Welcome to Manchester Sailing Association. Our goal is to make this section of the website for parents a useful resource for you as you navigate the waters of being the parent of a sailor. You may be an old salt yourself, or you maybe new all of this. Either way, welcome to the adventure!
Swim test requirements:
In order to participate in the MSA program, every sailor must be able to swim 100 yards continuously and have this verified by a Water Safely Instructor on the MSA swim form. This form must be received by MSA before the sailor's first class. Both a Water Safety Instructor and a parent must sign the form. The form can be found here: Swim Form.
What to bring to class:
Sailors should come to class prepared for a safe and fun day on the water. This means adequate clothing, sun protection, and hydration.
Life Jacket (see below for details)
Proper sailing attire
Change of clothes
Snack for after class
Sailors should wear non-cotton, synthetic clothes that they are comfortable getting wet and swimming in. Swim bottoms or athletic shorts are both acceptable and preference-based. Sailors should also attend class in slip-resistant, closed-toed shoes, appropriate for the wet environment of sailing. Neither flip-flops nor slides fulfill this requirement. This rule is enforced heavily as it is a safety issue on the floats and in boats. A few examples of shoes our instructors have identified as good choices for sailors are Native Jefferson shoes, Keens, and generic water shoes. Crocs also fulfill this requirement but their loose fit is a disadvantage in the boat. If your sailor plans to attend multiple sessions of sailing we recommend investing in a pair of sailing booties from a brand like Gill or Zhik.
Sailors should also come to sailing camp with sun-protection in the form of sunscreen, and a hat/sunglasses. Sailors may want to bring a small bag with a change of clothes, a towel, and a snack for after sailing.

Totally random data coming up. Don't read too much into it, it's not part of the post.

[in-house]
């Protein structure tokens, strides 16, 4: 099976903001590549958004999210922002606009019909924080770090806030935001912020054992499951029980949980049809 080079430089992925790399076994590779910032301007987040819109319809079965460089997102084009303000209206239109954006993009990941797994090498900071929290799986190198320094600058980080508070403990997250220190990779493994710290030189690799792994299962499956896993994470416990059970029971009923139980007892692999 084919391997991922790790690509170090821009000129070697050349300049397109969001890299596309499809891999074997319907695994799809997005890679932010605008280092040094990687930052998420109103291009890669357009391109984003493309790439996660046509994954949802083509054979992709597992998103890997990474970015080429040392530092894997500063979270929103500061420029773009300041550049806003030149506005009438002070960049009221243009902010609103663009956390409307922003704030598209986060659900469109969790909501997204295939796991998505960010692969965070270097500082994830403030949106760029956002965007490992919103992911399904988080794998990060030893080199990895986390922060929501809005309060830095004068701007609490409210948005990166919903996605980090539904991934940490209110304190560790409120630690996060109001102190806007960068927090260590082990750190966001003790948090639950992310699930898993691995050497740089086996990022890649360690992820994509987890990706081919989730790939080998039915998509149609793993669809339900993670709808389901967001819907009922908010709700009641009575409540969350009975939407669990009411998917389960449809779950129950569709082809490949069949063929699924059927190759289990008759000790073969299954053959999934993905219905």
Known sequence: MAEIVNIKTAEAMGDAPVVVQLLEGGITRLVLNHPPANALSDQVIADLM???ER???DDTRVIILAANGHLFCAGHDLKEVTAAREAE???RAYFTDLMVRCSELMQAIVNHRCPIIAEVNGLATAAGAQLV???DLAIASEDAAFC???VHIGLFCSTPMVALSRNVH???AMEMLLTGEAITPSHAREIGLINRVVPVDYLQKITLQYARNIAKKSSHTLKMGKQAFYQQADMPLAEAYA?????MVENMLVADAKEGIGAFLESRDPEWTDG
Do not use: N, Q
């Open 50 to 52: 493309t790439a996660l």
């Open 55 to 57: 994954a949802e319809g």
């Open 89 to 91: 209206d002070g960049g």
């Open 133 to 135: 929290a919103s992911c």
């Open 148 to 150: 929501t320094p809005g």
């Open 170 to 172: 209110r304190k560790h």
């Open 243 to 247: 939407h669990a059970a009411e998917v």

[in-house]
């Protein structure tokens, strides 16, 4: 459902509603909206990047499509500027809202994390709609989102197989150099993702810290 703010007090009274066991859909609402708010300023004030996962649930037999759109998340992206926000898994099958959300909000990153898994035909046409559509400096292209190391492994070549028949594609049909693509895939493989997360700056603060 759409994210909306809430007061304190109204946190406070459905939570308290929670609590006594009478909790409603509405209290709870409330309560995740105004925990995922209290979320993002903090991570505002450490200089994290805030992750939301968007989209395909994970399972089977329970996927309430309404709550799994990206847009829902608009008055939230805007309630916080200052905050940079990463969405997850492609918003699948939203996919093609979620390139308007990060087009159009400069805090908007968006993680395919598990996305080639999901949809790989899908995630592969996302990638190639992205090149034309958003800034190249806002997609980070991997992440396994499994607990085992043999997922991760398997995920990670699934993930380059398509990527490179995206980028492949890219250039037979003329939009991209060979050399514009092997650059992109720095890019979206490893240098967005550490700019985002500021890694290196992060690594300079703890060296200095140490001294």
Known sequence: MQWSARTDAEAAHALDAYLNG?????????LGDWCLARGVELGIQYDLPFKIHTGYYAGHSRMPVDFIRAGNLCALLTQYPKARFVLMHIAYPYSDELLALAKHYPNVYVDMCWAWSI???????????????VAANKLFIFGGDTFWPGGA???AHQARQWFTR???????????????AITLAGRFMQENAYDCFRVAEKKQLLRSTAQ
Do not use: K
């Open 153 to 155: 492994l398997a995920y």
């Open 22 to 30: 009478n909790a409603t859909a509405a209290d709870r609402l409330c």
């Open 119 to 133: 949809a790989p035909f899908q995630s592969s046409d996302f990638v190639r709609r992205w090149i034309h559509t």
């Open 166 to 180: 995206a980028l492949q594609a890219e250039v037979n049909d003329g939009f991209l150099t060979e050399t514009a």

Sailors are required to bring a properly-fitting, USCG-approved life jacket that is 100% dependent on foam for floatation. Acceptable life jacket types are Type-III, or Type-V (Sailing specified as an intented use). Newer life jacket designations now use Levels instead of Type codes, now designating flotation. These newer life jackets must be a Level 70 or greater. Life jackets are fit tested on the first day of camp. Here is an infographic of how to fit test a life jacket at home. Sailors are required to wear their life jacket, properly zipped/buckled/tightened, while on a beach, float, boat, in the water, or wherever else their instructor deems necessary in the interest of camper safety. Sailors who fail to abide by this rule will have one warning before disciplinary action. Sailors who repeatedly violate this rule may be sent to land for the day or asked to leave.
Sailors in our Race and Intro-to-Race classes must bring polarized sunglasses and a digital watch with a countdown function in addition to the standard required items.
Did you know that your sailor can show you what he/she can do on Saturday mornings?
Saturday Sailing is for all MSA participants to try out what they have learned and for parents to sail with their child, if they so choose. Sailing is supervised from 9 AM to 12 PM beginning June 29. You must arrive before 10 AM because the instructors will be out on the water after 10 AM and will not be available to sign you out. Members of all classes may participate in the boat used in class. Children are expected to be able to rig the boat themselves, with parental help if needed. The instructor is present to sign out the boats and supervise on the water and is usually not available to help in rigging, launching and de-rigging. Both children and parents must bring their own life jackets and wear them at all times. There may be a few Saturdays on which no instructor is available, so please check with your child's instructor or the Program Director as the summer progresses.
Parental racing participation guidelines
Place winning in the context of fun, good sportsmanship, and fair play. Emphasize performance goals rather than outcome goals.
Promote the total sport of sailing, not just racing.
As spectators, remain in designated areas and manage motorboats properly.
Remember that any coaching DURING a race is prohibited.
Show respect for race officials and regatta rules.
Understand that alcohol and other illegal substances have no place at any junior sailing event.
Model supportive and ethical behavior.